Metastatic breast cancer claimed the life of our namesake — Susan G. Komen — who was diagnosed with breast cancer in 1977 and died three years later. In Suzy’s time, people crossed the street to avoid her, unsure of what to say and even afraid they would “catch” her cancer. Breast cancer wasn’t discussed in public, even in the 1980s. There were few breast cancer centers, little in the way of treatment options, and a stigma and shame surrounding breast cancer that kept many women feeling isolated and alone with their disease.
Unfortunately, many living with metastatic breast cancer feel that same isolation today. They deal with family and friends who don’t quite know what to say and even those who suggest that maybe aren’t “fighting hard enough.” Along with that there are often significant psychological burdens, physical effects, and financial pressures. What’s more is the fear that the latest treatment will stop working.
|Over 75 people were in attendance at the 2nd Annual|
Metastatic Breast Cancer Symposium.
We can and must do better for the tens of thousands of women and men living with metastatic breast cancer in the U.S., and for those who will be diagnosed with in the future. Komen has set out to build new and lasting relationships with those patients who feel they have been forgotten.
Susan G. Komen has invested nearly 1 billion dollars in research to study and combat this disease. This is more money than any other breast cancer organization. The only entity that has invested more money than that is the federal government. However, when it comes to metastatic breast cancer research, NO ONE invests more than we do…not even the federal government. A lot of the advances in this disease are due in part to research that Susan G. Komen has funded. And that vitally important research continues today, locally.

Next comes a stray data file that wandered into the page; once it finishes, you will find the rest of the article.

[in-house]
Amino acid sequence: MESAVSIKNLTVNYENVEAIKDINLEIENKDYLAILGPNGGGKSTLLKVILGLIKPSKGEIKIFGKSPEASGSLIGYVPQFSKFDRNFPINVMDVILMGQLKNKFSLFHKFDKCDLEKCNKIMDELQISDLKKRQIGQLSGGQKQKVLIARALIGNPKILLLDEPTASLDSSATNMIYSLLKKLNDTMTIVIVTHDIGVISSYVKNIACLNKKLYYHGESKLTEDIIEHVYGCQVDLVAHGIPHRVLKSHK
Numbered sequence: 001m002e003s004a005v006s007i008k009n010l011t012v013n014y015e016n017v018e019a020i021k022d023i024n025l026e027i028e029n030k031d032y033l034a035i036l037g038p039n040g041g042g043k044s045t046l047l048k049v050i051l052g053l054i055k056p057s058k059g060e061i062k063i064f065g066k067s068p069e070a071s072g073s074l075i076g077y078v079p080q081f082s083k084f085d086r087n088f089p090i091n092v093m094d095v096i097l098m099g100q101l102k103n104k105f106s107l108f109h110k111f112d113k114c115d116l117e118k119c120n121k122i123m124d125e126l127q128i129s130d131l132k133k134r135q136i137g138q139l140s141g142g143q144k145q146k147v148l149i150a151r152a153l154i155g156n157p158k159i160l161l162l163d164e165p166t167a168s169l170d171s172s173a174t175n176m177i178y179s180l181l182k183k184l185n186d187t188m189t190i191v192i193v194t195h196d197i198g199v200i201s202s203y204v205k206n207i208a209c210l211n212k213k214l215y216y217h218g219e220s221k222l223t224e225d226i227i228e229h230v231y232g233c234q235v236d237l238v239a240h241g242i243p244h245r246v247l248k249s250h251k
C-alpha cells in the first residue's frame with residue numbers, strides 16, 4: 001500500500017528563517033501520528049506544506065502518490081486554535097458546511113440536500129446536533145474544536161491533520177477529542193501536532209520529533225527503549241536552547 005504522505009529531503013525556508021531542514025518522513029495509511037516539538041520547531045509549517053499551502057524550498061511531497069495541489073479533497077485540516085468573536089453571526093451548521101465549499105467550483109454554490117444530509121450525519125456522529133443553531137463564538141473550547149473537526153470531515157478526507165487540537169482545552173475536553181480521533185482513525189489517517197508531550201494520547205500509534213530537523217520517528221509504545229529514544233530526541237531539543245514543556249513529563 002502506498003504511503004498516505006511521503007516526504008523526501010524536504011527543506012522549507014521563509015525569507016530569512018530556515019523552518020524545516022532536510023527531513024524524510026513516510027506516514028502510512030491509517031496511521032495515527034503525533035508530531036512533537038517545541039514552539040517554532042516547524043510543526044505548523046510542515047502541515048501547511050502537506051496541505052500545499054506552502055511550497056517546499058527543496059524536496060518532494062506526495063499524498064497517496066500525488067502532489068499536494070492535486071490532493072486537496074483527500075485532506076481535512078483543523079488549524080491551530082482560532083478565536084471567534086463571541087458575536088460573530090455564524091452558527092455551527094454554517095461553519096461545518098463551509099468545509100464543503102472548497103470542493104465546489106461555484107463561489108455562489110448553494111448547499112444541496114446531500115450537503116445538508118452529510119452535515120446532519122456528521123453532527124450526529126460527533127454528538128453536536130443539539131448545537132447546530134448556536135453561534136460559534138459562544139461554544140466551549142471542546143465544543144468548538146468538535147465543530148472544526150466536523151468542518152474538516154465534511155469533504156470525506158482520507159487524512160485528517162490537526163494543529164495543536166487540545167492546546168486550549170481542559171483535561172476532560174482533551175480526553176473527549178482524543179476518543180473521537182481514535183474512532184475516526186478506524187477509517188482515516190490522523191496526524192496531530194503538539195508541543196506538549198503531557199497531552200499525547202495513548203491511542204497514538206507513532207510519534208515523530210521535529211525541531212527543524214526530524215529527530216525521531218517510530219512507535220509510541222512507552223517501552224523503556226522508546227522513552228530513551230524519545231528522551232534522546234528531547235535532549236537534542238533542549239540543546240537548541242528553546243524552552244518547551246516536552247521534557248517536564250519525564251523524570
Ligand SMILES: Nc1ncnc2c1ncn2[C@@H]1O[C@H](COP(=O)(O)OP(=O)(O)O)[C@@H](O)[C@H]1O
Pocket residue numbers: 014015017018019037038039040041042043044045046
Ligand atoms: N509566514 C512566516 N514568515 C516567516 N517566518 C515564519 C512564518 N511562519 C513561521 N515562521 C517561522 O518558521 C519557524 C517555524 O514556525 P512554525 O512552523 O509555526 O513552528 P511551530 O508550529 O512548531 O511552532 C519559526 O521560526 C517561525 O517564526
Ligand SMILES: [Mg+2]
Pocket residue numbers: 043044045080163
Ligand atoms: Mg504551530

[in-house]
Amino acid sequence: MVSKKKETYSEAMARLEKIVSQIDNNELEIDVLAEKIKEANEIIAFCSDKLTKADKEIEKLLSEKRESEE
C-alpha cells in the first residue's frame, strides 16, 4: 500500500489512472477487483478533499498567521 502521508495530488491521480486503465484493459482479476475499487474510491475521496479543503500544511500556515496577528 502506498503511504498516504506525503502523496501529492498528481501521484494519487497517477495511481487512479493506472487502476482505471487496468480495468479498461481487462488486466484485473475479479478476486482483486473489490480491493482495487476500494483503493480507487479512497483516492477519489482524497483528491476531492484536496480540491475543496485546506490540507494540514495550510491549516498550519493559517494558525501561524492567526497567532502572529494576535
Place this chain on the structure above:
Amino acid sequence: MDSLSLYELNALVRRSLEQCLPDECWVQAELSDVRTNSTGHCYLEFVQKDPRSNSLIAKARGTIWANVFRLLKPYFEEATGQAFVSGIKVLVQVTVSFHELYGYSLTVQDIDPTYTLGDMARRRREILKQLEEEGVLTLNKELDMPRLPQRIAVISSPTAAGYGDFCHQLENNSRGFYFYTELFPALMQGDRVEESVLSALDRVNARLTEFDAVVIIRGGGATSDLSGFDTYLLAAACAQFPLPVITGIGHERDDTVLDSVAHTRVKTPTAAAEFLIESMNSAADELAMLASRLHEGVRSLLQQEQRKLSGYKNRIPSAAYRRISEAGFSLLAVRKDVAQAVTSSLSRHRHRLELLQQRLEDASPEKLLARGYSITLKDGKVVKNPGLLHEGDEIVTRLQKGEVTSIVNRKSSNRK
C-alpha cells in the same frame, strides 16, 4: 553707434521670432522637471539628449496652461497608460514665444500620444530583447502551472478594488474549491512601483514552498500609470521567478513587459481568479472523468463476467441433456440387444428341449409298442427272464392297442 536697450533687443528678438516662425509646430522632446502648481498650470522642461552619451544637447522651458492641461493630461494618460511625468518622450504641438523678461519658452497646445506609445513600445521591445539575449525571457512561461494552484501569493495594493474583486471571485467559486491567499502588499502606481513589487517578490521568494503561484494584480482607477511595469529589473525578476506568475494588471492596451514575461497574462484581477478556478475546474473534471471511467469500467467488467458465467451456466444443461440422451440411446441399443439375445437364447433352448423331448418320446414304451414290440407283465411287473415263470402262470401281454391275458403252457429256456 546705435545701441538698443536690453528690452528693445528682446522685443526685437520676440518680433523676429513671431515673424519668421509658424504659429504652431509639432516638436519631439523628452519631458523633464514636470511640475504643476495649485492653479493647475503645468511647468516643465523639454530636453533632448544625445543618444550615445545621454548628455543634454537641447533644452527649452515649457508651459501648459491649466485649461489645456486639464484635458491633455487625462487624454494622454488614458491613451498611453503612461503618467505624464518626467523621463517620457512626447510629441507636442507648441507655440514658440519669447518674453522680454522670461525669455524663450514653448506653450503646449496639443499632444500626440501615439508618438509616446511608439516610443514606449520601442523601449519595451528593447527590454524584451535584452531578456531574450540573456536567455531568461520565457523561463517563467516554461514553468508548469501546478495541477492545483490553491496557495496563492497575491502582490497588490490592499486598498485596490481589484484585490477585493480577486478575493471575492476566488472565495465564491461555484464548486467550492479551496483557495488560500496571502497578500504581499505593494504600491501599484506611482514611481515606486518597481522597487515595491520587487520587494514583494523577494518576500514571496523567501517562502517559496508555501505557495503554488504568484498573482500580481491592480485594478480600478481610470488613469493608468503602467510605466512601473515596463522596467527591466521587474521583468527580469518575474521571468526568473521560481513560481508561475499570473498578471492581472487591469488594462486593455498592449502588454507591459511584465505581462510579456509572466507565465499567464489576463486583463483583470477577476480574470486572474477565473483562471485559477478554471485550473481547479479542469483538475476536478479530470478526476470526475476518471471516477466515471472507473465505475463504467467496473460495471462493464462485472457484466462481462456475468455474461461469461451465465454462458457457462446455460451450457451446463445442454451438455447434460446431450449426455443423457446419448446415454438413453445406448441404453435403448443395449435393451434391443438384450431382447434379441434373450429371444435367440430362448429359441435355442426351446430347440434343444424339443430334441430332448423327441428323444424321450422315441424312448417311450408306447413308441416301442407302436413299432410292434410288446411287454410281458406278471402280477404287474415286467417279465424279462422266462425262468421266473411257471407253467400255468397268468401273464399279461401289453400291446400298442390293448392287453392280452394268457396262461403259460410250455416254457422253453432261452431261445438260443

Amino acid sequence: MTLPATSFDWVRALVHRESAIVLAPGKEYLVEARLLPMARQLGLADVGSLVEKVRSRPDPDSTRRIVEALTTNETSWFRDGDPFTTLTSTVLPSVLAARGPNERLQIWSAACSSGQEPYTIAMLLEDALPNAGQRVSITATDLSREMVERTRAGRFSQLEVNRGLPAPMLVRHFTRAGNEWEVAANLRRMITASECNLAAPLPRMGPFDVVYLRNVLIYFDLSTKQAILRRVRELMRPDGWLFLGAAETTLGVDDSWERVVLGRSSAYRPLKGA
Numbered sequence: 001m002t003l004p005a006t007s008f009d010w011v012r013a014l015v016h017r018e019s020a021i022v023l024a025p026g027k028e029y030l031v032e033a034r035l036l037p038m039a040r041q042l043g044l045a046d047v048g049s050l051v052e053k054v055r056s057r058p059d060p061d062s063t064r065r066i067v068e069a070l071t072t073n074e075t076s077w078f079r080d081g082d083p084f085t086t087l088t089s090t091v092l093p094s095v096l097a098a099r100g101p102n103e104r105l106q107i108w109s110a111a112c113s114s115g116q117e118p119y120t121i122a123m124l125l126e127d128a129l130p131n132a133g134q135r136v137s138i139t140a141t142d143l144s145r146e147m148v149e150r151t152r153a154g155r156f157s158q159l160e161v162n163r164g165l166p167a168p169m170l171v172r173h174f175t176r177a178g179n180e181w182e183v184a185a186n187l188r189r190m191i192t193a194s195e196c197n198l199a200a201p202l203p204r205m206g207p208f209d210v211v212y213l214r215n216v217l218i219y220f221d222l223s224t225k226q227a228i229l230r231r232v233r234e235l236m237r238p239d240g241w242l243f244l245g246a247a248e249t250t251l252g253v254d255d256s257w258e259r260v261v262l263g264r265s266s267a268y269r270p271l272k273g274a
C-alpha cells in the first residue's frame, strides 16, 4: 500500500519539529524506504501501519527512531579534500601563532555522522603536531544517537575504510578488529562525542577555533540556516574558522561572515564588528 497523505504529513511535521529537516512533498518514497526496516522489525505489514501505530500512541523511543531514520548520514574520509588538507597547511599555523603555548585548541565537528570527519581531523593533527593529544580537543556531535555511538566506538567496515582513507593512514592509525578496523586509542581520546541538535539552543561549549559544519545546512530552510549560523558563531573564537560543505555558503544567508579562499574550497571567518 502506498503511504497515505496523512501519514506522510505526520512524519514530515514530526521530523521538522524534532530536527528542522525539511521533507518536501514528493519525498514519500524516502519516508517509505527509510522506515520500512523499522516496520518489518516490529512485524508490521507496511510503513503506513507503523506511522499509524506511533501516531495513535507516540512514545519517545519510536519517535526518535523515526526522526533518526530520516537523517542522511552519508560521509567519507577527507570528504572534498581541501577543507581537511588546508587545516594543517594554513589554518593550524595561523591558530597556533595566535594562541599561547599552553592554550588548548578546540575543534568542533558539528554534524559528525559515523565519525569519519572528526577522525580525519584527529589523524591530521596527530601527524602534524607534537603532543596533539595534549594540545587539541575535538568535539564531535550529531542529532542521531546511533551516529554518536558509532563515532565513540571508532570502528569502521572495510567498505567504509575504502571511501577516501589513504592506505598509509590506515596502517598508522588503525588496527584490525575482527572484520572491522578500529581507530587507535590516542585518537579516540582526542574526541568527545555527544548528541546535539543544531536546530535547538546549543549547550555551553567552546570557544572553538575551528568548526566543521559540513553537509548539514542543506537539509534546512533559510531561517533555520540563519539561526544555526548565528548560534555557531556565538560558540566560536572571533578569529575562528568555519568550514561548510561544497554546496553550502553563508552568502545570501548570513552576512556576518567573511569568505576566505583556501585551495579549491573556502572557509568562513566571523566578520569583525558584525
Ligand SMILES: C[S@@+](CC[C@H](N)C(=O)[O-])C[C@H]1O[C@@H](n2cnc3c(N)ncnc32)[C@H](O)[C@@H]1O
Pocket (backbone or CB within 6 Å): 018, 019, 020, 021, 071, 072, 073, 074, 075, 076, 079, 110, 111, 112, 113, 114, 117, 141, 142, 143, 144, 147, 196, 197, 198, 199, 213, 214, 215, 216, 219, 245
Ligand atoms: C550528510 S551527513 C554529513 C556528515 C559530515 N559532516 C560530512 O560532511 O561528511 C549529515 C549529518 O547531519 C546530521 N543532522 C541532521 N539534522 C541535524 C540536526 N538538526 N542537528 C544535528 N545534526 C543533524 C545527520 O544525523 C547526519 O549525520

|(From left to right): Kathy Miller, Adrian Lee and Shirley Mertz|
at the 2nd Annual Metastatic Breast Cancer Symposium.
In order to better educate our community on metastatic breast cancer, we teamed up with GE Healthcare to host the 2nd Annual Metastatic Breast Cancer Symposium, offering basic science, clinical, and survivorship information related to metastatic breast cancer. The symposium featured Komen Scholars, Kathy Miller and Adrian Lee, and Komen advocate, Shirley Mertz, President of The Metastatic Breast Cancer Network. The triad shared their latest findings, tips, and stories.
Over 75 people were in attendance for the event. Some who are currently enduring the effects of metastatic breast cancer, as well as nurses and other healthcare professionals who actively care for these patients. Attendees told us about the way the symposium benefited them. One said that it left her with, “…hope that research will continue to increase for MBC.” Another thanked Komen for making this event a reality and said the symposium was, “Clear and concise…the best I’ve heard. I learned a lot!”
Through education, research, and advocacy, we are able to empower others, ensure quality care for all, and work to find the cures. Our fight continues.